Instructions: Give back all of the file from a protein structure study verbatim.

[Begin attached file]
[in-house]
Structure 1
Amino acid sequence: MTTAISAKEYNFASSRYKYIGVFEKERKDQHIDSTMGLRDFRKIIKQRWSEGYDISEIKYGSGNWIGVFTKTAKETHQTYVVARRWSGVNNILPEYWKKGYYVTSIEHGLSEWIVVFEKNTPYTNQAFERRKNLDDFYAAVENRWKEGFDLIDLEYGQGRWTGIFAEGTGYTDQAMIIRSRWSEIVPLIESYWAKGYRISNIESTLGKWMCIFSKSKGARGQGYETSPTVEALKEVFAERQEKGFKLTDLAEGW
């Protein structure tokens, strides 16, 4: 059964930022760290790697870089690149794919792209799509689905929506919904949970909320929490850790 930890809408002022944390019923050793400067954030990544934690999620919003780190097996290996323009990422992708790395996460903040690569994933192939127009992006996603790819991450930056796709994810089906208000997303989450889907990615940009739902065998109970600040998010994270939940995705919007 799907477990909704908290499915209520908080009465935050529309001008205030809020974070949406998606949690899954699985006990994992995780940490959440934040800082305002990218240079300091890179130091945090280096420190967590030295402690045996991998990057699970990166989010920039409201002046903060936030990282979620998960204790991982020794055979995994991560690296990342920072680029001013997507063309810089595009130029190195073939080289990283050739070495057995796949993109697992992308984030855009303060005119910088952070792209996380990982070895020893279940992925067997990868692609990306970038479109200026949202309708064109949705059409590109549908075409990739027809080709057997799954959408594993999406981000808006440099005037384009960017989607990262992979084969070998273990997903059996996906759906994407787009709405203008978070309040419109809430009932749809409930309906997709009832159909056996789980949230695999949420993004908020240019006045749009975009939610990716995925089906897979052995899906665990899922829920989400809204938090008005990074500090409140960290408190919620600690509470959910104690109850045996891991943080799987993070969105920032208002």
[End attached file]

[in-house]
Structure 1
Amino acid sequence: MTTAISAKEYNFASSRYKYIGVFEKERKDQHIDSTMGLRDFRKIIKQRWSEGYDISEIKYGSGNWIGVFTKTAKETHQTYVVARRWSGVNNILPEYWKKGYYVTSIEHGLSEWIVVFEKNTPYTNQAFERRKNLDDFYAAVENRWKEGFDLIDLEYGQGRWTGIFAEGTGYTDQAMIIRSRWSEIVPLIESYWAKGYRISNIESTLGKWMCIFSKSKGARGQGYETSPTVEALKEVFAERQEKGFKLTDLAEGW
């Protein structure tokens, strides 16, 4: 059964930022760290790697870089690149794919792209799509689905929506919904949970909320929490850790 930890809408002022944390019923050793400067954030990544934690999620919003780190097996290996323009990422992708790395996460903040690569994933192939127009992006996603790819991450930056796709994810089906208000997303989450889907990615940009739902065998109970600040998010994270939940995705919007 799907477990909704908290499915209520908080009465935050529309001008205030809020974070949406998606949690899954699985006990994992995780940490959440934040800082305002990218240079300091890179130091945090280096420190967590030295402690045996991998990057699970990166989010920039409201002046903060936030990282979620998960204790991982020794055979995994991560690296990342920072680029001013997507063309810089595009130029190195073939080289990283050739070495057995796949993109697992992308984030855009303060005119910088952070792209996380990982070895020893279940992925067997990868692609990306970038479109200026949202309708064109949705059409590109549908075409990739027809080709057997799954959408594993999406981000808006440099005037384009960017989607990262992979084969070998273990997903059996996906759906994407787009709405203008978070309040419109809430009932749809409930309906997709009832159909056996789980949230695999949420993004908020240019006045749009975009939610990716995925089906897979052995899906665990899922829920989400809204938090008005990074500090409140960290408190919620600690509470959910104690109850045996891991943080799987993070969105920032208002």